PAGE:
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When I’m choosing to pin rather than use chalk, I often like to stick to pins to transfer my markings as well.  This is the process I mentioned when I discussed transferring the zipper placement dot during Option #1, this time used to transfer all markings, including the pocket placement dots.

I stick a pin down through the center of the dot that corresponds to the size I am using, through the paper and both layers of fabric.

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I then turn the piece over so I can see the tips of all the pins sticking up.

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I place a pin going in the opposite direction exactly where I had stuck in the first set of pins.

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I then pull away the paper pattern from the fabric, like so:

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This removes the first set of pins I placed so I pick them out of the paper and stick them back in through both fabric layers.

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Then I pull apart the fabric layers so a set of pins stays with each layer, the head staying on the wrong side of the fabric and the sharp tips on the right side.

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I leave the pins in as I sew and use them as ‘markers’ when I reach the step I need them for in the sewing process.  I know this process of pinning instead of marking seems long repetitive but I actually find it very fast and easy as my pins are already on hand and I don’t have to refresh my markings as I often have to with chalk (as they wear off when the fabric is handled).  I also like how the pins serve as a quick reminder as to which is the wrong and right side of the fabric.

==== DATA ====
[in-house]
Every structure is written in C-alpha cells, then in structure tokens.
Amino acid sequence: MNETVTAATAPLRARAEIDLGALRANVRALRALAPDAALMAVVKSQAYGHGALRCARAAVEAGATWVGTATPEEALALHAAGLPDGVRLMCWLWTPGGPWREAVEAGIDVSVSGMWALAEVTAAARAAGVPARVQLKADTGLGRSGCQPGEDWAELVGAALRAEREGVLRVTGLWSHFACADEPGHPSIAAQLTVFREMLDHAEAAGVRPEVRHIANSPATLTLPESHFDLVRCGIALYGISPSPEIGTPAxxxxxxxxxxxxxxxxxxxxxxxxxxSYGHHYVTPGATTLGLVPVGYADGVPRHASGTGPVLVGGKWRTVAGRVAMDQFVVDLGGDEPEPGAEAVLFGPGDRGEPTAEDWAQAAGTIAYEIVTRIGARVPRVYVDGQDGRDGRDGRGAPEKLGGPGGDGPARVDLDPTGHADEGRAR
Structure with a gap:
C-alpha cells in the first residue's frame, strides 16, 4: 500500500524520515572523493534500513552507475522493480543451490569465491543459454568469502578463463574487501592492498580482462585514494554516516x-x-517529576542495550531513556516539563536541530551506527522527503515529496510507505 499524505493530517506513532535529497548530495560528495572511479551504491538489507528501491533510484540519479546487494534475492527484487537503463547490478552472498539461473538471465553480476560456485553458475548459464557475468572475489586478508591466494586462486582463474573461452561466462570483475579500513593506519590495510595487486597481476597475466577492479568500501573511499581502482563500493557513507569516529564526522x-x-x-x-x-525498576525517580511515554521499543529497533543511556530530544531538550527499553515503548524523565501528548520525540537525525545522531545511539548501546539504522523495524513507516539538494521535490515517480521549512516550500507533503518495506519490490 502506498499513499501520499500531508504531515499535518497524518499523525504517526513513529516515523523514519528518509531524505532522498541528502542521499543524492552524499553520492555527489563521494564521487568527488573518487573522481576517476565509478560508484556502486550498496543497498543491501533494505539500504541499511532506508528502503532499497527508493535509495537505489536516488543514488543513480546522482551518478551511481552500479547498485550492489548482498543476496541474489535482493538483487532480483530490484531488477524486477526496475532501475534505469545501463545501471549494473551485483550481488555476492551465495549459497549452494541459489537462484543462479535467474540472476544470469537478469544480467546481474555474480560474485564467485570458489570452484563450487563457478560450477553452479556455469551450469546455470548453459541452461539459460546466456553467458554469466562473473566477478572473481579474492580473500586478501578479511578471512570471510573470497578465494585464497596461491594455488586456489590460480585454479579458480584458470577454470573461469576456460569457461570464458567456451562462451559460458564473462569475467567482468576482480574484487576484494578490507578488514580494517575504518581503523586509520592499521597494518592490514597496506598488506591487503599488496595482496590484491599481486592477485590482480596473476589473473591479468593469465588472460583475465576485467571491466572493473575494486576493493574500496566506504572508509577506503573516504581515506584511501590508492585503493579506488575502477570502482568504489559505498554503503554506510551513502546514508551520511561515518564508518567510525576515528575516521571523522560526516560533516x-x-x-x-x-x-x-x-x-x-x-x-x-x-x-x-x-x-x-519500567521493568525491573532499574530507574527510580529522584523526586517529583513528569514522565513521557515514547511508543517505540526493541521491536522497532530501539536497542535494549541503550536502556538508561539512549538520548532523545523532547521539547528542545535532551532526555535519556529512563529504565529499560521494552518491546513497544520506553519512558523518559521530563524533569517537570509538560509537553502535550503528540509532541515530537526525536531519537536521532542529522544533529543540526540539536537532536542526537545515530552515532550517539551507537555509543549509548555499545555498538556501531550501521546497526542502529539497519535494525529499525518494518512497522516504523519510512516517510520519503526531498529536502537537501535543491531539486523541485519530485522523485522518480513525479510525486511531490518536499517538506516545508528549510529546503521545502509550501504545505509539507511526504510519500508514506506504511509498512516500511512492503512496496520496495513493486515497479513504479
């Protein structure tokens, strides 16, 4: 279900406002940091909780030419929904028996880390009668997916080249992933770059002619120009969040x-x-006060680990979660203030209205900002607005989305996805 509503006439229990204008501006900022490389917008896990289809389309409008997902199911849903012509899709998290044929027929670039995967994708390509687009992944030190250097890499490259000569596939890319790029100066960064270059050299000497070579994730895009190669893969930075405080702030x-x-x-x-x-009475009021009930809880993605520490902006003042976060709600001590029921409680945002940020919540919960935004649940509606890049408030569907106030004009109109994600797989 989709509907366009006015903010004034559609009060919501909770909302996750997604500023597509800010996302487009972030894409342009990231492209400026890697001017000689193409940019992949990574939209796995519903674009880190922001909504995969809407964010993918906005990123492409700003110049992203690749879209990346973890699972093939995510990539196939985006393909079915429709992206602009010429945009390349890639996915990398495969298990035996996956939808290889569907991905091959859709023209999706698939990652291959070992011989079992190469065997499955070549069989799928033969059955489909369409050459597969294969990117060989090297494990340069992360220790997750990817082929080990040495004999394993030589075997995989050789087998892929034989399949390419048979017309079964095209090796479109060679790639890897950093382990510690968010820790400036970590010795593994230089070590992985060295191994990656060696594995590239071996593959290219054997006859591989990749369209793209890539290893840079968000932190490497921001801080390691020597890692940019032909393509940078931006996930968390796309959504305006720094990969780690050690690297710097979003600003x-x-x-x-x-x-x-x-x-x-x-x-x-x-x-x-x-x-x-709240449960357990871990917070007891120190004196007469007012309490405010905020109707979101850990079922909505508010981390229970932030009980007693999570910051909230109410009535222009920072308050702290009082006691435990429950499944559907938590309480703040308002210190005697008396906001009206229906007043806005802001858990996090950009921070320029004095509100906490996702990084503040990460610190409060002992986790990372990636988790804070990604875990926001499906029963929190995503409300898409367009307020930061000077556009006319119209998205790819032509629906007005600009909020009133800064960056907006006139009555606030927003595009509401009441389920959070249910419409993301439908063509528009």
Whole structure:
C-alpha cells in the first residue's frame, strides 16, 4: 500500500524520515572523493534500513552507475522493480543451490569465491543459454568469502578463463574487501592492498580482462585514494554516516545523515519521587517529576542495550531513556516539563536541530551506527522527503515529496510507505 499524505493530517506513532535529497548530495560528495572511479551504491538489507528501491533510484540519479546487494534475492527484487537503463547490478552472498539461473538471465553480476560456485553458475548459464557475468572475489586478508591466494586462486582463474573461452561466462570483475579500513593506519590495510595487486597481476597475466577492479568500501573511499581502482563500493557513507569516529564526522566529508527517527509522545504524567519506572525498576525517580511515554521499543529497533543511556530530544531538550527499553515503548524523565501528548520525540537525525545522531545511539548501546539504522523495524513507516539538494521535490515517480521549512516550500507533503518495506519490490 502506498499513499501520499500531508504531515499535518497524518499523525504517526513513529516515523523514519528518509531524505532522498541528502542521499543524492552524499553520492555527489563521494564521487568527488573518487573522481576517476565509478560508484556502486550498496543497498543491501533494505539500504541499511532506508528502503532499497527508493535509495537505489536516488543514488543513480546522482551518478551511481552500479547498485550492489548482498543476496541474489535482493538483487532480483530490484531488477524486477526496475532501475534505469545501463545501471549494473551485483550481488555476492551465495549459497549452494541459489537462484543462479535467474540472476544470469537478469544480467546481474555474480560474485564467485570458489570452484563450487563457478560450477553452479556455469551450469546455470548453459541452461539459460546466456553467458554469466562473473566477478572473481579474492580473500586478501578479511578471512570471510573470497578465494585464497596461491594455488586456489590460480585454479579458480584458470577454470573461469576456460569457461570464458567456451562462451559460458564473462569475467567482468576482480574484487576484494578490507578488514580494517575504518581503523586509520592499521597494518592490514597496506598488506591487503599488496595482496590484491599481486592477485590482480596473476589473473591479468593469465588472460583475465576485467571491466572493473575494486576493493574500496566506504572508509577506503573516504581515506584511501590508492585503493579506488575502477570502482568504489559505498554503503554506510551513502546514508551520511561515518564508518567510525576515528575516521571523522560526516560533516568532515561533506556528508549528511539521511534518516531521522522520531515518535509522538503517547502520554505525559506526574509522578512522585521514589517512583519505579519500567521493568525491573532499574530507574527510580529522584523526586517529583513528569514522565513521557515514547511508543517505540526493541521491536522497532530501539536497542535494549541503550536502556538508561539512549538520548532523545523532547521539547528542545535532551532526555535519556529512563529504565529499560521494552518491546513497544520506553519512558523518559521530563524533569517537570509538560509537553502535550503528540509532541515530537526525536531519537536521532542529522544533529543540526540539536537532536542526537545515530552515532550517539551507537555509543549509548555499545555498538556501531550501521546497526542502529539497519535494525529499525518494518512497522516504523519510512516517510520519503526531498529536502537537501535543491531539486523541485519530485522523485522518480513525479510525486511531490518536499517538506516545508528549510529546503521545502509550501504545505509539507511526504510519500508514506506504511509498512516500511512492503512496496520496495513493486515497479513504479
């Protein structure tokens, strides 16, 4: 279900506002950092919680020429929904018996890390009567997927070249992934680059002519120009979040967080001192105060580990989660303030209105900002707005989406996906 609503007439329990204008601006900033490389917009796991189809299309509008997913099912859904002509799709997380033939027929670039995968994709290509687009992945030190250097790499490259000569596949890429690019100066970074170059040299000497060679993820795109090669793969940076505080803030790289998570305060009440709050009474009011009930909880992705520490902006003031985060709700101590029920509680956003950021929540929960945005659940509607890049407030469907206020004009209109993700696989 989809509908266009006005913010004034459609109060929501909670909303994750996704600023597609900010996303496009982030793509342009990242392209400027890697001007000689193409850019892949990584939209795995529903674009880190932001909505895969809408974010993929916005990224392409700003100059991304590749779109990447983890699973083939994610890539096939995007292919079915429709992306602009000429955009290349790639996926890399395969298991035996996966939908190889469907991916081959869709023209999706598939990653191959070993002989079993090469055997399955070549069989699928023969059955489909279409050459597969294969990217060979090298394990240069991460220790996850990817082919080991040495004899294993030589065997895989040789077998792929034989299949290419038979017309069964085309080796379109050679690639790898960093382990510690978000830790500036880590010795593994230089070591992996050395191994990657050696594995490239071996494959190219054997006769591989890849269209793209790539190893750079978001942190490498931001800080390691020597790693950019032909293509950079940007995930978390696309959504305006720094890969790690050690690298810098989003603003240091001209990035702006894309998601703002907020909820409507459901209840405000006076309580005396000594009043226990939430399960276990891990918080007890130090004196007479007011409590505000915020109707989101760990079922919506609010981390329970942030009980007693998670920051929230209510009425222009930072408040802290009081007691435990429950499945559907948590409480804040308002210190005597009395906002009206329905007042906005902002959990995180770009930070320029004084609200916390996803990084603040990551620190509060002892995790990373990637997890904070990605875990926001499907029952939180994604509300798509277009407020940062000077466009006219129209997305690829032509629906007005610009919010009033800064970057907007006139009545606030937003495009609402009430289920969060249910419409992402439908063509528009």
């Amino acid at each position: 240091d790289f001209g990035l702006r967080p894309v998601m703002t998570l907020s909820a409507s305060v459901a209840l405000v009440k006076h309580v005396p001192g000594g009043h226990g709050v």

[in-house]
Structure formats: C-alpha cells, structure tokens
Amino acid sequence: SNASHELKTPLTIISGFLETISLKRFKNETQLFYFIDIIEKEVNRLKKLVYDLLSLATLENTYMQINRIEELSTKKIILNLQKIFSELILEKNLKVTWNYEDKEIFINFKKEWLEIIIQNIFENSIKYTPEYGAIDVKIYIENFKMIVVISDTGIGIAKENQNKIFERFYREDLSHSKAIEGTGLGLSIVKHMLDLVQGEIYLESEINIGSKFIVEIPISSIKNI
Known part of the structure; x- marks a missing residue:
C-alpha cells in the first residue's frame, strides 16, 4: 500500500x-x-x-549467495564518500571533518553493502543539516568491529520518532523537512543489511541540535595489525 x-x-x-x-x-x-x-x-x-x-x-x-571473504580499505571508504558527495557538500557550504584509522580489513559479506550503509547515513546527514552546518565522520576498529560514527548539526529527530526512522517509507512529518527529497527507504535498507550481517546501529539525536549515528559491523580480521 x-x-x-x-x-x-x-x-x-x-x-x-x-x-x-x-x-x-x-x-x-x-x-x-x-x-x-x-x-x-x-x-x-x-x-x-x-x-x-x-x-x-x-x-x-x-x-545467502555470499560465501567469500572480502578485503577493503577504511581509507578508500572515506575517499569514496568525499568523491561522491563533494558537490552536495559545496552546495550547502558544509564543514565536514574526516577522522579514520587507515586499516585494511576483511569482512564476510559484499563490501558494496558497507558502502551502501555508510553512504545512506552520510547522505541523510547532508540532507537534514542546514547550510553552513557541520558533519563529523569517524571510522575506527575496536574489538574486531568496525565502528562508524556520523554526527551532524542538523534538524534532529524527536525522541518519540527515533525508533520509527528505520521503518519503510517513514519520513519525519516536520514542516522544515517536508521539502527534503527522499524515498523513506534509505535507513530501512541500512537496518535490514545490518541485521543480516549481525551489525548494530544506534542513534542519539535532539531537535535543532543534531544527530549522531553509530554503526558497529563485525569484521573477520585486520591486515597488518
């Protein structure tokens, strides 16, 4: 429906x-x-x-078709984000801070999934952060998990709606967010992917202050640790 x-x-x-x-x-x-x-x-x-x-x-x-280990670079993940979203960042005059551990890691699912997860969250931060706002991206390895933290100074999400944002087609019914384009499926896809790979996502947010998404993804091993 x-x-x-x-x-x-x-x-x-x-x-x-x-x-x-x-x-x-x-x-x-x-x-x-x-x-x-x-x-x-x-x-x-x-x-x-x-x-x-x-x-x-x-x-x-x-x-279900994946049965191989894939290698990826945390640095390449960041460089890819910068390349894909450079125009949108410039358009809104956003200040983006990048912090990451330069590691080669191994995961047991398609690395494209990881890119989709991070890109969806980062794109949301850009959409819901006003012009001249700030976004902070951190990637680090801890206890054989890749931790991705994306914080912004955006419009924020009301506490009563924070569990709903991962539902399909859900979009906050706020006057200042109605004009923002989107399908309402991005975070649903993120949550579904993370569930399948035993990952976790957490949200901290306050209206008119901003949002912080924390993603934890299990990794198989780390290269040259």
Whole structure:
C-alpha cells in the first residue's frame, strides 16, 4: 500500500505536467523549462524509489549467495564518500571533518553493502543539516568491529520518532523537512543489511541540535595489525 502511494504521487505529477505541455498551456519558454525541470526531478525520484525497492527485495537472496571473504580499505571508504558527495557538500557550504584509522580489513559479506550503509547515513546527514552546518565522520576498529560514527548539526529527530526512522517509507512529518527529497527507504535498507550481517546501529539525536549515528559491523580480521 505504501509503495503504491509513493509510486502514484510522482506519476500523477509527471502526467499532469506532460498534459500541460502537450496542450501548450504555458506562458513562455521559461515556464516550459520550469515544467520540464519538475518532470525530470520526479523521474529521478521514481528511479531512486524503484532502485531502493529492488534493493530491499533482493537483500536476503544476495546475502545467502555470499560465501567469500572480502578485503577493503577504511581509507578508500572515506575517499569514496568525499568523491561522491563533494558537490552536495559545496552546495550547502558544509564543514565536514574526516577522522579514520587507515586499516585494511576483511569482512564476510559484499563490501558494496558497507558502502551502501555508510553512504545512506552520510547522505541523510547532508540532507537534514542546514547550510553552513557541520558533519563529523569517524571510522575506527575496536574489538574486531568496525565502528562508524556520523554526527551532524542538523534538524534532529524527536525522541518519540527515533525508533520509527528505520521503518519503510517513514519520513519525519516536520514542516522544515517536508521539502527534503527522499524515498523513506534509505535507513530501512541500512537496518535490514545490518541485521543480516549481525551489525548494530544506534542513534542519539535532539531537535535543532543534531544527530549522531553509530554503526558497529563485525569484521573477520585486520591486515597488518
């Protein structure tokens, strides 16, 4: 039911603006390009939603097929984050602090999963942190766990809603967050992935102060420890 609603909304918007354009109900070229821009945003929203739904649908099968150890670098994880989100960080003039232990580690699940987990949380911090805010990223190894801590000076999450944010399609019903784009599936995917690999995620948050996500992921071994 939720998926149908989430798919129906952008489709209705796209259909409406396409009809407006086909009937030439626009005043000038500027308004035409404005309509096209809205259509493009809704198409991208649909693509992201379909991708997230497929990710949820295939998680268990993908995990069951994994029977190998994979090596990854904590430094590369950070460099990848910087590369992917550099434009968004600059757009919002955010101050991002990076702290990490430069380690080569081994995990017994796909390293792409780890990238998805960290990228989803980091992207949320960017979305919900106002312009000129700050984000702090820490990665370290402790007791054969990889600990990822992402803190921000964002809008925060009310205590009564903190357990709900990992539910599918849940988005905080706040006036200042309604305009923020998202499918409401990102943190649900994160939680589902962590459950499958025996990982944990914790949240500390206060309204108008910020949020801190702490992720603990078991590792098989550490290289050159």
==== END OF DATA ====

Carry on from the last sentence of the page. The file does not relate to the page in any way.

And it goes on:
As for the pros and cons of Option #1 and Option #2 – here is my analysis:

Option #1: Chalk

Pros: Chalk (when using the Clover tool) is extremely precise and, since the fabric is not lifted very often from the tracing surface, does not lead to the fabric shifting.  It is easy to cut exactly on the inside of the chalk mark so that the fabric piece does not end up slightly bigger than the paper pattern piece.  Chalk is a fast and easy way to mark notches.

Cons:  My chalk tends to rub off quickly and I often don’t notice this is the case until the marking is completely gone (this can get awkward if I am about to insert a zipper and no longer have a zipper placement notch!  Chalk also adds a little extra time because tracing tends to take me a bit longer than pinning.

Option #2: Pinning

Pros:  Since I already have pins on hand (all the time) I don’t have to rummage around for my chalk…which I always seem to lose 😛  It is very fast and I often like to leave my pieces pinned to the pattern pieces so it saves time later on in the sewing process too because I don’t have to examine the stray pieces of fabric trying to figure out which piece they are and which is the right and wrong side.